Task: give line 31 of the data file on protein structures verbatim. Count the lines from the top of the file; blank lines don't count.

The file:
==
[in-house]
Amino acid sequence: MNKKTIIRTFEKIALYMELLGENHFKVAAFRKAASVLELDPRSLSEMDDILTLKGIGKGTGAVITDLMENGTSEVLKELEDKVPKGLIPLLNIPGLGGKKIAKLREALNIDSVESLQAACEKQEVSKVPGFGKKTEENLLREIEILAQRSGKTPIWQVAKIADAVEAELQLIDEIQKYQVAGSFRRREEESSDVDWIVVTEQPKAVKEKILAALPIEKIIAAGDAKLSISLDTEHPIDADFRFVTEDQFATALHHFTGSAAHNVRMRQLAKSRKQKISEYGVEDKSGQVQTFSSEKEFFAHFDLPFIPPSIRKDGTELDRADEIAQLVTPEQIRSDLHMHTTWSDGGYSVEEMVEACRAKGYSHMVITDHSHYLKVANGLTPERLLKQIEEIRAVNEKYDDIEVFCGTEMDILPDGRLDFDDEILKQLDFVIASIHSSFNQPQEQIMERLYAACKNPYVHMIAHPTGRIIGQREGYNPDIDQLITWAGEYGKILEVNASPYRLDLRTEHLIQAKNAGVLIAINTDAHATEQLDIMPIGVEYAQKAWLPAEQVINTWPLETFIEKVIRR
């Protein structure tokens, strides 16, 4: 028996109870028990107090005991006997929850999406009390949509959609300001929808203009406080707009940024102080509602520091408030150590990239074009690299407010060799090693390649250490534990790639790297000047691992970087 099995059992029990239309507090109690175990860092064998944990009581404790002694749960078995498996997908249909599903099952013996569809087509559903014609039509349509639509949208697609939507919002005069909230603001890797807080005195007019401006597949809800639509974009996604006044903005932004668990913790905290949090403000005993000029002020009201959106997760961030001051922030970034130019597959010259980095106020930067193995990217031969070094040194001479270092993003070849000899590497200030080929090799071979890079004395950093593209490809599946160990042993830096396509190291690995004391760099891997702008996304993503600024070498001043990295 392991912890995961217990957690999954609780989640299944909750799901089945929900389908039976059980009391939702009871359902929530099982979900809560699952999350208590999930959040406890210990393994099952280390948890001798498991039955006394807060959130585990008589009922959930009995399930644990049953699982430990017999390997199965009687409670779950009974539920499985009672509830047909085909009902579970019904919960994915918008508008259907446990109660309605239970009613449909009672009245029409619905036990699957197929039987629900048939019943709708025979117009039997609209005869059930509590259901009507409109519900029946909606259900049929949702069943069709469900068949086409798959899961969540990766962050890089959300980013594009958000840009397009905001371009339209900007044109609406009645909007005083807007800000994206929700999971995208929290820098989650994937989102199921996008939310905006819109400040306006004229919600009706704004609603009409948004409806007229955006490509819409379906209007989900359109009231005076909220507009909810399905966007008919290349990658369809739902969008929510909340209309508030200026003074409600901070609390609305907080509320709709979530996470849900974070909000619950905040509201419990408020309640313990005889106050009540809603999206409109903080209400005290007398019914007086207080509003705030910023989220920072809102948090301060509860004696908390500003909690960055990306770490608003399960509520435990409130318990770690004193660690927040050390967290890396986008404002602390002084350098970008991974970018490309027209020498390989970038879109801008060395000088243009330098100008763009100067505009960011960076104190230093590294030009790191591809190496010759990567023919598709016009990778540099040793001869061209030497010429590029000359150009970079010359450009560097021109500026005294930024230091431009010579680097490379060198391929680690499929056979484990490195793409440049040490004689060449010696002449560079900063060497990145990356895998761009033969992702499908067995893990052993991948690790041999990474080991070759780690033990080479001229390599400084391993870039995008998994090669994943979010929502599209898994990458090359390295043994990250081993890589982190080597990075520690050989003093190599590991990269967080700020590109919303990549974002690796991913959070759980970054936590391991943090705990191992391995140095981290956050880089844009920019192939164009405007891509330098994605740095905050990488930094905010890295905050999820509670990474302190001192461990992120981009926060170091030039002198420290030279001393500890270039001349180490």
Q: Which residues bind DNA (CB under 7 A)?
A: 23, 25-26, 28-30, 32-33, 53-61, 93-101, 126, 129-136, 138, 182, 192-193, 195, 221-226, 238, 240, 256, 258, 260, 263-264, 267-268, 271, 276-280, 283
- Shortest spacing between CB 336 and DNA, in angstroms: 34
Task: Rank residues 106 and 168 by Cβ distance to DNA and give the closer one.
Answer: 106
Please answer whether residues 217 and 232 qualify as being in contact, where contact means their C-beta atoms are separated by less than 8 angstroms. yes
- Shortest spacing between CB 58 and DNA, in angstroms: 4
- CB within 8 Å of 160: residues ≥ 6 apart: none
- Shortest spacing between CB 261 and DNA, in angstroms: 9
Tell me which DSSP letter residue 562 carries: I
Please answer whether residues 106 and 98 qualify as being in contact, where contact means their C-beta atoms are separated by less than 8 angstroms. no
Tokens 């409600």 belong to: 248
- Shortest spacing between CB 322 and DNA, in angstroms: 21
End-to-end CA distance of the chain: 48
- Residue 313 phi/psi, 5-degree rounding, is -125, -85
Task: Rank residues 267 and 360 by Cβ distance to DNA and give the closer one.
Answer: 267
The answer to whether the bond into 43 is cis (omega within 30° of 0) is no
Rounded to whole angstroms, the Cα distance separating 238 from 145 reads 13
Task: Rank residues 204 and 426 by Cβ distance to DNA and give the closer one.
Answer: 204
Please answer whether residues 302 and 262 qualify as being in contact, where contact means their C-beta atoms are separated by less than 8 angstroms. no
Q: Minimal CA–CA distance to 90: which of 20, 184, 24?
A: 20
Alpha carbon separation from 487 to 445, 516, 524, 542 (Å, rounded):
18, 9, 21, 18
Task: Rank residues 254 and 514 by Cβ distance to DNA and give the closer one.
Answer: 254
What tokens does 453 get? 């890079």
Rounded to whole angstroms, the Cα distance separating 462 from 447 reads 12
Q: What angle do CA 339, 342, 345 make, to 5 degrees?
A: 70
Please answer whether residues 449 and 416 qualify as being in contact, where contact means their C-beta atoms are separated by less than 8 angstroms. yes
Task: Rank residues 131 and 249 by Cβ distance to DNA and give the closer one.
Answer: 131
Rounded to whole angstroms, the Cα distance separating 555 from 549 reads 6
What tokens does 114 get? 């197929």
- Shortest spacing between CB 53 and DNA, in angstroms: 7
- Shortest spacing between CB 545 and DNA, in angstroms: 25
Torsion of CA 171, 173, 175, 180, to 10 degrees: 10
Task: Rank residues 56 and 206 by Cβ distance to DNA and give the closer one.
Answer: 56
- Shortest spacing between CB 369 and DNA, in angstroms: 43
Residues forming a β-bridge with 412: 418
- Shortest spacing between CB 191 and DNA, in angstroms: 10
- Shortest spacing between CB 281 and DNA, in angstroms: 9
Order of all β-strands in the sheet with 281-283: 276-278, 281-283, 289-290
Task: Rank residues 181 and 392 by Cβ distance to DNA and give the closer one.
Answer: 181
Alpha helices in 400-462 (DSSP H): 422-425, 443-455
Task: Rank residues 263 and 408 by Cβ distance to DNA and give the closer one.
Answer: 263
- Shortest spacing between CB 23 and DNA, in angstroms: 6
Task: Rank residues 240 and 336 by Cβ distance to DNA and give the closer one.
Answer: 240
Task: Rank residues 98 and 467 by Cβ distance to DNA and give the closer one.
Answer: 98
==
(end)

Answer: 254